There is another position to consider in the assessment of the GPA. It is argued that the provisions in Section 312 of the Bill essentially qualify new entrants as beneficiaries of the GPA. Section 312 (1) states that “The chargeable profits of any company for any accounting period shall be the amount of the assessable profits of that period after the deduction of any amount to be allowed in accordance with the provisions of this section”. Section 312 (2) then states that “There shall be computed the aggregate amount of all allowances due to the company under the provisions of the Fourth and Fifth Schedules to this Act for the accounting period”. On this basis therefore, and without incorporating interpretations from any other provisions in the PIB, the implication from these provisions is that every (or ‘any’, as is clearly stated in 312 (1)) company is entitled to GPA.

I have a problem with this implication, especially after considering Section 314 on Chargeable Tax. Section 314 states that “A company engaged in upstream petroleum operations which executed a Production Sharing Contract with NNPC. a shall be entitled to a general production allowance as applicable in the Fifth Schedule to this Act”. My thirst for simplicity tells me that while companies may compute their allowances for tax purposes as guided by the Fourth and Fifth Schedules, Section 314 clearly defines – in my view – the club of eligible beneficiaries of the GPA to be companies “engaged in upstream petroleum operations which executed a Production Sharing Contract with NNPC”. I argue therefore that any company outside this club, except for those mentioned in the Fifth Schedule (such as existing JV partners in the case of gas production), does not benefit from the GPA provisions.

Or is it a case of everybody plus existing PSC holders, JV partners and the others as defined in the Fifth Schedule? I do not see it this way. If it is indeed this way, it is my view that it could be more clearly worded.




Other notable provisions under the GPA include the following:

  • Carry-forward feature: the GPAs can be cumulated and carried over to the next accounting period if there is “an insufficiency of or no assessable profits” in the current accounting period. As no limits have been set, we assume this feature to be indefinite, until assessable profit levels are reached.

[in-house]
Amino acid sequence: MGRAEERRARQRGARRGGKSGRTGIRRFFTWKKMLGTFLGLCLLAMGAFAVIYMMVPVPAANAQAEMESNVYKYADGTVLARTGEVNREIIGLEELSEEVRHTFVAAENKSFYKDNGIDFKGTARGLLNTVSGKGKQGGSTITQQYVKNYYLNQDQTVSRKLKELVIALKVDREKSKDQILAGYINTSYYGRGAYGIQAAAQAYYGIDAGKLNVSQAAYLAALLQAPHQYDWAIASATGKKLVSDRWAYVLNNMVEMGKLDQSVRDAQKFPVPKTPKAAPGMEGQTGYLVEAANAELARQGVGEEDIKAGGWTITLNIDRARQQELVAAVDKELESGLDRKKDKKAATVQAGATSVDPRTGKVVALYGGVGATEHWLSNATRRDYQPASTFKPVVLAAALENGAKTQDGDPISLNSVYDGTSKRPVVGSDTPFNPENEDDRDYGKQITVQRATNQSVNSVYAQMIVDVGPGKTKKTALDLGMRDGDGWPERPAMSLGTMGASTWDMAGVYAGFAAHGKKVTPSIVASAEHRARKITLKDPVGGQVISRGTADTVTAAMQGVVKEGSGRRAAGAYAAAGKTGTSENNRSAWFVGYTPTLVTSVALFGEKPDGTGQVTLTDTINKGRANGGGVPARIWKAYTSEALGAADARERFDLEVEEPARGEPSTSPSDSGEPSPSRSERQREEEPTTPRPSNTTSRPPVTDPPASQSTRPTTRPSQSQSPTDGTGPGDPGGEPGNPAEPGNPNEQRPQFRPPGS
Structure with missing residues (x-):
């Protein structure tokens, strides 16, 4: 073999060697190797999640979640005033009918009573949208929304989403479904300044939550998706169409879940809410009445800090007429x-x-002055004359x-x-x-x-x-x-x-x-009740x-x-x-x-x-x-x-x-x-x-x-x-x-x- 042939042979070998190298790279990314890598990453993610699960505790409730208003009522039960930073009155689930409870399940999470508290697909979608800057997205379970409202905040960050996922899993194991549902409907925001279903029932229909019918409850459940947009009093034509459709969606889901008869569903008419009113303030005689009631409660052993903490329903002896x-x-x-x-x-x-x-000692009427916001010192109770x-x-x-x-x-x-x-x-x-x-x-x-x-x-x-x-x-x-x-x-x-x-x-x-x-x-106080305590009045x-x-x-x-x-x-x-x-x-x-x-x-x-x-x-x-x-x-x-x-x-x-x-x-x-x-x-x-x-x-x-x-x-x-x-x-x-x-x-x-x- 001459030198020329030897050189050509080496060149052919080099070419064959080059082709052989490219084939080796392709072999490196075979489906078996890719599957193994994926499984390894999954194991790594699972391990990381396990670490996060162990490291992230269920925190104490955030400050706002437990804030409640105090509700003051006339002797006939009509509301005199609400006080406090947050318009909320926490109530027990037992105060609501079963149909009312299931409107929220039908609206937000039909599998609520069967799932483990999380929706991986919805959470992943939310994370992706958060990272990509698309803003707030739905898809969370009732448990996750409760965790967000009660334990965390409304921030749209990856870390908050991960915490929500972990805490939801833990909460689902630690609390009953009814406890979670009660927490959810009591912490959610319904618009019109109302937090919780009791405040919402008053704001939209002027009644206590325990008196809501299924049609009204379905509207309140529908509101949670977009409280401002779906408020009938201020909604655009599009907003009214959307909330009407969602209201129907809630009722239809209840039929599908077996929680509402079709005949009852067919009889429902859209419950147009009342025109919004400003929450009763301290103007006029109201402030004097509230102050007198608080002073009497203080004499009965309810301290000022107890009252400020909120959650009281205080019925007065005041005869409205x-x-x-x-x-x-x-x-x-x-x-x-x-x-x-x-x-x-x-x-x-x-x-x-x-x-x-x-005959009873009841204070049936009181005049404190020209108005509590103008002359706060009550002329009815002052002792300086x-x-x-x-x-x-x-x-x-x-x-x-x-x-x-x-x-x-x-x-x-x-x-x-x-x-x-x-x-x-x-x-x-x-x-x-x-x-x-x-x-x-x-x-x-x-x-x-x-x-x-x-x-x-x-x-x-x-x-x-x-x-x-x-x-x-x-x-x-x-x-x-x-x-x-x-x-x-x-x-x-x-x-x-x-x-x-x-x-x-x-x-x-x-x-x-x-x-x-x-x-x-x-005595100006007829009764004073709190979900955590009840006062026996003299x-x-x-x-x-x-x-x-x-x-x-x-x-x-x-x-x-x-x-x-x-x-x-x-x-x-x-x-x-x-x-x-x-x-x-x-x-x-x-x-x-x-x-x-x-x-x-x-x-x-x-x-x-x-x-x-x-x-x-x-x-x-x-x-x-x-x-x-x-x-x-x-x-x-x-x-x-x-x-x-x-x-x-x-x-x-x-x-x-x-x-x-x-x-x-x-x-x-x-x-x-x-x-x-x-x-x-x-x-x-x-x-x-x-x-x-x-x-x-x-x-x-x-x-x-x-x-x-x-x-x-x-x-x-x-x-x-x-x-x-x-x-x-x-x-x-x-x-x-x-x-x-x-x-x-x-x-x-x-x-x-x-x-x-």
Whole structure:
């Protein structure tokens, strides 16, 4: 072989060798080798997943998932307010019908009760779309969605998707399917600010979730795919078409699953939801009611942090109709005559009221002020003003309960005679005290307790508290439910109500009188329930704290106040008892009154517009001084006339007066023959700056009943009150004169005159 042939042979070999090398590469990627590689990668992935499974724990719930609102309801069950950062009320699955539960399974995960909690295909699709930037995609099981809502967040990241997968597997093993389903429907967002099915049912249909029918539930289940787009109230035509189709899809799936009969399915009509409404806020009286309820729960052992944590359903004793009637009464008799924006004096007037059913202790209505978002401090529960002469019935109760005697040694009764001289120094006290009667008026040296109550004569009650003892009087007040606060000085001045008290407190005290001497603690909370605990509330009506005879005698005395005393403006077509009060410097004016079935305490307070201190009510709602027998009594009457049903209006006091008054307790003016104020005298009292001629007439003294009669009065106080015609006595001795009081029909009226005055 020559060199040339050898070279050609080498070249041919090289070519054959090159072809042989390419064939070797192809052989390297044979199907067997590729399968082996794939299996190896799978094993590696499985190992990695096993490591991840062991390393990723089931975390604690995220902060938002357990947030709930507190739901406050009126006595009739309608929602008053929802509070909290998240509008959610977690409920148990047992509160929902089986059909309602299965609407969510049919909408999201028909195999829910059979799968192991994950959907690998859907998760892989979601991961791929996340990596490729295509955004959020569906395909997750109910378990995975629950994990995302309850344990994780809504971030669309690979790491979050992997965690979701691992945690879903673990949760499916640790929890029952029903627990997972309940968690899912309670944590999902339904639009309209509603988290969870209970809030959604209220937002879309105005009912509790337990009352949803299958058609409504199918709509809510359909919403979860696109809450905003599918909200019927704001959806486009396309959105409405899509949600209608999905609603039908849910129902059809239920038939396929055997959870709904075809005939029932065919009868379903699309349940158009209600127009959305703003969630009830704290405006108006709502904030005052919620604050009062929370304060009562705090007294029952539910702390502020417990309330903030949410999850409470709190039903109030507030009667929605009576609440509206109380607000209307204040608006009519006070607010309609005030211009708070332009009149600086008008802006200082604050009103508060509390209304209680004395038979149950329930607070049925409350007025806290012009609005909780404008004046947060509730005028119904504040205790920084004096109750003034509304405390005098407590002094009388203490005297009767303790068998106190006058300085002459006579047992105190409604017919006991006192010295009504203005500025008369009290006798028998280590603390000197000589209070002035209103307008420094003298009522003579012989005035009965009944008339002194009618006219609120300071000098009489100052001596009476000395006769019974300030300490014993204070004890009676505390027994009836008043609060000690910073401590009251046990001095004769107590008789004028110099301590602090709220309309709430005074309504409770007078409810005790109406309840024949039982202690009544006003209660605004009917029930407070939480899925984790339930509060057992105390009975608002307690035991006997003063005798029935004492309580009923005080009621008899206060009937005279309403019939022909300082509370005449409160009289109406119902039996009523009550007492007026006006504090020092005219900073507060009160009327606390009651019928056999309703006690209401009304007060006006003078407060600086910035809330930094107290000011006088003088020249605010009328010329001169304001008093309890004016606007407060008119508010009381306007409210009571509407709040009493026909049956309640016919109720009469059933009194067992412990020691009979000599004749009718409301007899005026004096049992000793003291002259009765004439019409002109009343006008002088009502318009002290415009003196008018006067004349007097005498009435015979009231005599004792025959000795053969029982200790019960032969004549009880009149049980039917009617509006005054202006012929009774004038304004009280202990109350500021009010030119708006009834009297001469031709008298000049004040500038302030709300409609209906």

• All existing crude oil, condensate and gas production from PSCs in existence prior to this Bill’s Effective Date will be eligible for a GPA of US$5/boe.
  • Marginal fields benefit also, under the same scheme, up to the cumulative amounts as outlined in each category.

The next part of this note will consider the Nigerian Hydrocarbon Tax provision in the PIB, the Companies Income Tax provision and other fiscal elements in the Bill. It will also analyse these fiscal instruments in the context of the level, incidence and responsiveness of the fiscal burden the new regime would impose on the company.

The views expressed in this Note are those of the author and not of the Commonwealth Secretariat.

  Dr Ekpen J. Omonbude

Ekpen J. Omonbude is a Petroleum, Energy & Mineral Resources Economist with vast experience in policy and regulation issues. His areas of specialisation are petroleum and mineral economics and policy. He is currently an Economic Adviser at the Commonwealth Secretariat’s Special Advisory Services Division and in this capacity has advised on petroleum and mineral resources fiscal system design for several countries including Sierra Leone, Uganda, Malawi, Papua New Guinea & the Cook Islands.

Ekpen’s areas of expertise include oil and gas market fundamentals, policy, regulatory and contractual issues in mining and petroleum. He has consulted for international oil and gas companies at all stages of the value chain, international oil and gas consulting firms, financial service institutions, government petroleum and mineral sector ministries and agencies, as well as the academia. Dr. Omonbude has published several academic journal articles and delivered numerous conference papers on topical issues in petroleum and mineral resources economics and policy, ranging from oil price forecasting to benchmarking of international fiscal regimes for mining and petroleum.


[1] Bold highlights for emphasis

[2] For example, a joint presentation was made in 2009 by IOCs to the Nigerian legislators stating that the first version as proposed in 2008 would make exploration “uneconomical”. These IOCs included Shell, Chevron, Exxon Mobil, Total and Eni.